“These simply are not “scientific” matters. Materialistic science cannot measure the non-material. It cannot define or select morality, values, or the necessary components of a successful family, much less measure these factors. It is an injustice and exhibits a gross misreading of the Constitution to install such self-styled “social” experts as the moral compass of the population.”

This is a sort of half-true statement. It is true that the empirical sciences cannot, of their own accord, make moral claims. But to say that materialistic science is incapable of measuring preexisting moral claims is to say, essentially, that the only acceptable criteria for the corroboration of moral claims is “because I said so.” The moral authority makes a “self-evident” claim and by that very fact the claim cannot be refuted by anything like experience or observation or alternate theories or evidence.

The logic of self-evidence is profoundly anti-democratic and it makes reasonable and open public debate all but impossible. We are bound to disagree on matters of morality because morality cannot be objective in the scientific sense (And we would still disagree even if it was!). But what we can do is to strive towards a more-or-less objective criteria for evaluating moral claims. For example, if it is self-evident that only traditional nuclear families produce healthy children, then there ought to be some sort of evident (read: measurable or empirical) criteria by which this self-evident claim is evidenced. And if the allegedly self-evident claim is actually evidence-able, then it can be either corroborated or rejected. What has happened now, though, is that social scientists have produced evidence for the health of children raised in non-traditional households, and instead of conceding the point, those who are against marriage equality are making the reactionary claim that evidence does not matter.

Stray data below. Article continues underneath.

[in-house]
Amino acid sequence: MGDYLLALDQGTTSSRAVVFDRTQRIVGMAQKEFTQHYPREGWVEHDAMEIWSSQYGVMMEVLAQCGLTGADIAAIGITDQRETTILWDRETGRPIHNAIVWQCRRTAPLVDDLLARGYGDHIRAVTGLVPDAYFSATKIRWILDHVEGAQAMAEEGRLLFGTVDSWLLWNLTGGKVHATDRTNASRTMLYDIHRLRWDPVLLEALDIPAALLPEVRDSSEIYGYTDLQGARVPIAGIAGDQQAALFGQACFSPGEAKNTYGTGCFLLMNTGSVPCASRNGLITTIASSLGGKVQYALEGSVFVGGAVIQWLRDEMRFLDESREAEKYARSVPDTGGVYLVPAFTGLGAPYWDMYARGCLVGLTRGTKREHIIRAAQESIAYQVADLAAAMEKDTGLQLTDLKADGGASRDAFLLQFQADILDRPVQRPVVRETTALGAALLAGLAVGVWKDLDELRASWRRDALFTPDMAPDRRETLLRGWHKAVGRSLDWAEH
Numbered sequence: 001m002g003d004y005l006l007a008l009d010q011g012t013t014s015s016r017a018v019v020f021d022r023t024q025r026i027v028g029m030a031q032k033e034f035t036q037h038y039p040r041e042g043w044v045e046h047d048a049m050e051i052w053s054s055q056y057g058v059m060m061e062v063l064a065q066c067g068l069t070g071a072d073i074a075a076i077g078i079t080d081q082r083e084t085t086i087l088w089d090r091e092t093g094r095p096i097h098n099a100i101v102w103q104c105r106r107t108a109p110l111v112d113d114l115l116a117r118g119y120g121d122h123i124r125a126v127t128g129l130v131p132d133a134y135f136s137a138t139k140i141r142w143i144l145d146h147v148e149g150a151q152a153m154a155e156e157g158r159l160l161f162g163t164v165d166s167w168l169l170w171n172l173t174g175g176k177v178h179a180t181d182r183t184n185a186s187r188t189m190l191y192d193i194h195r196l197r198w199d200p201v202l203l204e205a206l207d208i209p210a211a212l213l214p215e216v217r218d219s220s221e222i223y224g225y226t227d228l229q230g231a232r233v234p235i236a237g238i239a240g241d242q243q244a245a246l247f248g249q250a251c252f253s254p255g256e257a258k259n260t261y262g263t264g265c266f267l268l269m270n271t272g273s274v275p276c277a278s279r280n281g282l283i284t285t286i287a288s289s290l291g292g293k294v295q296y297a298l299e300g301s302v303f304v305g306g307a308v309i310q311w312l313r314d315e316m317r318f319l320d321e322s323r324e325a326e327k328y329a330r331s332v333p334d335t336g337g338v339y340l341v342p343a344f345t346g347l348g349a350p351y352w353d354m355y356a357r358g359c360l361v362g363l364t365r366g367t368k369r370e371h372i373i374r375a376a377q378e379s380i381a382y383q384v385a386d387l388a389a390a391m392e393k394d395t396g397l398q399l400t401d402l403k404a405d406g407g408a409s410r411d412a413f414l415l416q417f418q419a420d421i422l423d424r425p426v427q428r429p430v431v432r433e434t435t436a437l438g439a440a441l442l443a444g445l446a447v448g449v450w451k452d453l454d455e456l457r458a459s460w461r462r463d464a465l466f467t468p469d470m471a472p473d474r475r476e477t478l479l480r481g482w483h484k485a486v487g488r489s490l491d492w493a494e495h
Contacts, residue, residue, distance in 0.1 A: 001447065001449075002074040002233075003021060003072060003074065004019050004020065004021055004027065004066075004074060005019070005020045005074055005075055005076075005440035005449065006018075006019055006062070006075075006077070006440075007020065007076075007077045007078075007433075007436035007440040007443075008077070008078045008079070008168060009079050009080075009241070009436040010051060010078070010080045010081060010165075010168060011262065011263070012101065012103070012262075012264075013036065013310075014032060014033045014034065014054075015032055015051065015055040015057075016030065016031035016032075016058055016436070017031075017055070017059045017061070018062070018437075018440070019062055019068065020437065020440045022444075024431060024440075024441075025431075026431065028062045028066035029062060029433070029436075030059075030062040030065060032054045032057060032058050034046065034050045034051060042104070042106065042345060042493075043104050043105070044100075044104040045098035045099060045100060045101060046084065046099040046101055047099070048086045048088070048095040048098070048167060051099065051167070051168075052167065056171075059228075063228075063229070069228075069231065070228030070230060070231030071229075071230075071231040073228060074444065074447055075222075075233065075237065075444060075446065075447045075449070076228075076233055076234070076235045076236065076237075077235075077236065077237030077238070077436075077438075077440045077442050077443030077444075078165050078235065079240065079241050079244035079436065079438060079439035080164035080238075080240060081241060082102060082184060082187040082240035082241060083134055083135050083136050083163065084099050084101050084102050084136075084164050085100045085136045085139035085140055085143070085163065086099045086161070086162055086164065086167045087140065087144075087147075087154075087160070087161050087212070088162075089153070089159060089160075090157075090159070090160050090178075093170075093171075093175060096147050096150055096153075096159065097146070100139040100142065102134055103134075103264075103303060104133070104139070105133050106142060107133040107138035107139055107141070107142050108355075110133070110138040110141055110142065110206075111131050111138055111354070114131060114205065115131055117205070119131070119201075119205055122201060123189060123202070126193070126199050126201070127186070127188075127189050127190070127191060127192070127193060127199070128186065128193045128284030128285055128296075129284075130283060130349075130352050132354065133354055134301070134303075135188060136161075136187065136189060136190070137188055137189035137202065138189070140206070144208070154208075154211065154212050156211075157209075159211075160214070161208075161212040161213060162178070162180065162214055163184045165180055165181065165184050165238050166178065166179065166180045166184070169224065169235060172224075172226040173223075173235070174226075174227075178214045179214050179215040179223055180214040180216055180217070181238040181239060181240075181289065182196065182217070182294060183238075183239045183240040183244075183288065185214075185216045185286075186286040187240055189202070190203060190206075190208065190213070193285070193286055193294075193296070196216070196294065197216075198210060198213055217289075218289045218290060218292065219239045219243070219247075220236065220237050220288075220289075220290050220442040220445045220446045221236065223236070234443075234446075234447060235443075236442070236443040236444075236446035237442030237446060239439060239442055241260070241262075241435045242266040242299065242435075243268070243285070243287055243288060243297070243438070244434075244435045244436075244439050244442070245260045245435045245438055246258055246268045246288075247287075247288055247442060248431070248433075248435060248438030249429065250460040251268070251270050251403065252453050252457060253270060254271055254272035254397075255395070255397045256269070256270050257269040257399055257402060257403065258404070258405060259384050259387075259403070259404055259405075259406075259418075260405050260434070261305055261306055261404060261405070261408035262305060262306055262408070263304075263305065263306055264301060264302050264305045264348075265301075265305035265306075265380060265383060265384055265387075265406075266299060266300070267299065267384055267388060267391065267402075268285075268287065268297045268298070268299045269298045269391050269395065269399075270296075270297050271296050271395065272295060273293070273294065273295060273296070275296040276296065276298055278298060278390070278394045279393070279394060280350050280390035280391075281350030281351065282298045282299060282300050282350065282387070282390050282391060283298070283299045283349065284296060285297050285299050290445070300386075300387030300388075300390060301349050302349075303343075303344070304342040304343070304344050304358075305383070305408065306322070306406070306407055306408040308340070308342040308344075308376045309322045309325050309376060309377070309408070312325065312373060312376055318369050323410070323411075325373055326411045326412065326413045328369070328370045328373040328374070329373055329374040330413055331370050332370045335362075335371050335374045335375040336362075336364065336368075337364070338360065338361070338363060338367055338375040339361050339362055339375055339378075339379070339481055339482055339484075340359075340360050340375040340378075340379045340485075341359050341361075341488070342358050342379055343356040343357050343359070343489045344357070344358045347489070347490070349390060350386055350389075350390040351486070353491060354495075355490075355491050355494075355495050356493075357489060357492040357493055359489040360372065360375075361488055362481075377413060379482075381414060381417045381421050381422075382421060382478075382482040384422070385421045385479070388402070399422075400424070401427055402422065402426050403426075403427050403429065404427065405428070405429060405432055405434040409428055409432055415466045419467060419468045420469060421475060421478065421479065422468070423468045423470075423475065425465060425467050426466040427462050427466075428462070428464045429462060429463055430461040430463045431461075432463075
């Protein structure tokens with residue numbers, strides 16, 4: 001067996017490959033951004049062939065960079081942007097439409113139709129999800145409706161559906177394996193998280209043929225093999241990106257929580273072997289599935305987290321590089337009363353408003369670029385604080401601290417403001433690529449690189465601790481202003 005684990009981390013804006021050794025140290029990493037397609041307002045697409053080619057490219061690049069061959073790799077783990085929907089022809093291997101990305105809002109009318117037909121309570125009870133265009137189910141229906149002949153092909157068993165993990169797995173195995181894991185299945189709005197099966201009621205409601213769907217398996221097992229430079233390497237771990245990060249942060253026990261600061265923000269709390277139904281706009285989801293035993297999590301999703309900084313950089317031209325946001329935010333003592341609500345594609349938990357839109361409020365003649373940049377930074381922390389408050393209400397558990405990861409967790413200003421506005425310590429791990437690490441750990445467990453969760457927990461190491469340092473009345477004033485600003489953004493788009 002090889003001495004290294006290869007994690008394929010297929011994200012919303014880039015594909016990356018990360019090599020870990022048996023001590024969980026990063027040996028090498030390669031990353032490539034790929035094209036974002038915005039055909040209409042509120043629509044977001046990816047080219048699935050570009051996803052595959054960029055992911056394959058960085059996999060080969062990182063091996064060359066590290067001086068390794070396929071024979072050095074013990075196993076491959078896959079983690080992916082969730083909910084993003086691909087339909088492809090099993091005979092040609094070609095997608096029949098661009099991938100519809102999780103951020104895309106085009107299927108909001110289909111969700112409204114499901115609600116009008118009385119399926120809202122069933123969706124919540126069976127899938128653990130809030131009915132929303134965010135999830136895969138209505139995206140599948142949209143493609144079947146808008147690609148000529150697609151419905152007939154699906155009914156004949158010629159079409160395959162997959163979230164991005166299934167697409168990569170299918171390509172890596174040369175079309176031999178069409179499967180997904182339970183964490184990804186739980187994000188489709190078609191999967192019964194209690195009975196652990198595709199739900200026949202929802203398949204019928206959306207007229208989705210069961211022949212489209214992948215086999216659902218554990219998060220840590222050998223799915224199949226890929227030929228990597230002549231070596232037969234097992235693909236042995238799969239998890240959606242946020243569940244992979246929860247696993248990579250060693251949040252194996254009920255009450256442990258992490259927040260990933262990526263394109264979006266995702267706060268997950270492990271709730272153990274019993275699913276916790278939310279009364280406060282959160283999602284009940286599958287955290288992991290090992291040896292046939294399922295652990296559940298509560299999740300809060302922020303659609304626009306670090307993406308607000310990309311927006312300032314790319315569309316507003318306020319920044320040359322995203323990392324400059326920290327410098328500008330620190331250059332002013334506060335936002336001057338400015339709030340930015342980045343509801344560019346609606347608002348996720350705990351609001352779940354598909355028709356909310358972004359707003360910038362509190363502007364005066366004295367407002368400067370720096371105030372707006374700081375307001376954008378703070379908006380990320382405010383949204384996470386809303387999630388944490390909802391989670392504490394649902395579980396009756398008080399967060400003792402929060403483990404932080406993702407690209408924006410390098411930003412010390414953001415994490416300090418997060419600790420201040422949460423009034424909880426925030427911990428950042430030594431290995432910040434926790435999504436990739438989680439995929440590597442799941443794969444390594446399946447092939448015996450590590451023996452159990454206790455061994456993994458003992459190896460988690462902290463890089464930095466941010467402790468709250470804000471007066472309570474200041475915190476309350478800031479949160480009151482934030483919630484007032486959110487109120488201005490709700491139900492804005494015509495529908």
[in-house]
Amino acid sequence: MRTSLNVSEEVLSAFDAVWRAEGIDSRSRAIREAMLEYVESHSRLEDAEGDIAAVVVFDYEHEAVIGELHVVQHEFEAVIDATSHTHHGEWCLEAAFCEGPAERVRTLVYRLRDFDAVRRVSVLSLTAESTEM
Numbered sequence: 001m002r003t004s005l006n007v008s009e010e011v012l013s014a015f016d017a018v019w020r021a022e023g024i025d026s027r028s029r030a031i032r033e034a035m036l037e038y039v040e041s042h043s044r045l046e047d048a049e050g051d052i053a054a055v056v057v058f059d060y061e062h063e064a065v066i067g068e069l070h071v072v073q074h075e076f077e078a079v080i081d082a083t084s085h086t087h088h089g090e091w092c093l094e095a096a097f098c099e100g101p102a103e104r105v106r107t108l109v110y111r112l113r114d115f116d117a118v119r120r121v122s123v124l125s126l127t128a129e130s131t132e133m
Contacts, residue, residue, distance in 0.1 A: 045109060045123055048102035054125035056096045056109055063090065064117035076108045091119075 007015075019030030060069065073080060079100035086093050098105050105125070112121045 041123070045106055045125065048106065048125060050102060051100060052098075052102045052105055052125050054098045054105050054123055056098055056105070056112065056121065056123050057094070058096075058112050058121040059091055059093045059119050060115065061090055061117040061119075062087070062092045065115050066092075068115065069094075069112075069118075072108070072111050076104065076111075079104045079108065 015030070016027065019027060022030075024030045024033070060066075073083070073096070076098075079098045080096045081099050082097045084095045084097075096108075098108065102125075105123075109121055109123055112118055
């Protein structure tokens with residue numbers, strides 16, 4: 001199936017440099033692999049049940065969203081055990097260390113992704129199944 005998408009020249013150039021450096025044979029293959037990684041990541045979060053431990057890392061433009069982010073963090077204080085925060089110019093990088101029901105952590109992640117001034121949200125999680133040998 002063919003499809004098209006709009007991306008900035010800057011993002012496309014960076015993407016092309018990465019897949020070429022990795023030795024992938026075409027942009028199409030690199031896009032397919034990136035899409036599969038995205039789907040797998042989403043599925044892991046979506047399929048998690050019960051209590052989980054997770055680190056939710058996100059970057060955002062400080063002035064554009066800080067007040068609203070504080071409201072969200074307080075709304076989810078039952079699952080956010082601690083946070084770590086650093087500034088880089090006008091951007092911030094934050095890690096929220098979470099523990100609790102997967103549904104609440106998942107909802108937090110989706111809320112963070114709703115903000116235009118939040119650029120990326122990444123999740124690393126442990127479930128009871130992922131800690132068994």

So it is extremely problematic that the central arguments and concerns of this amicus brief rely on “self-evident” distinctions. Here are a couple of allegedly self-evident claims presented in the brief:

Some truths are self-evident. Among them are that men and women are different. In fact, it is clear from our very existence that men are made for women, and women for men. None of us would be here but for that truth. Another self-evident [truth] is that it is best for children to be raised by their parents whenever possible. There have been many theories to the contrary throughout history, but they have all proven vacuous at best. Public policy that recognizes and acts on these truths is not unfairly discriminatory. In fact, the only way to have sound public policy is to build on such truths.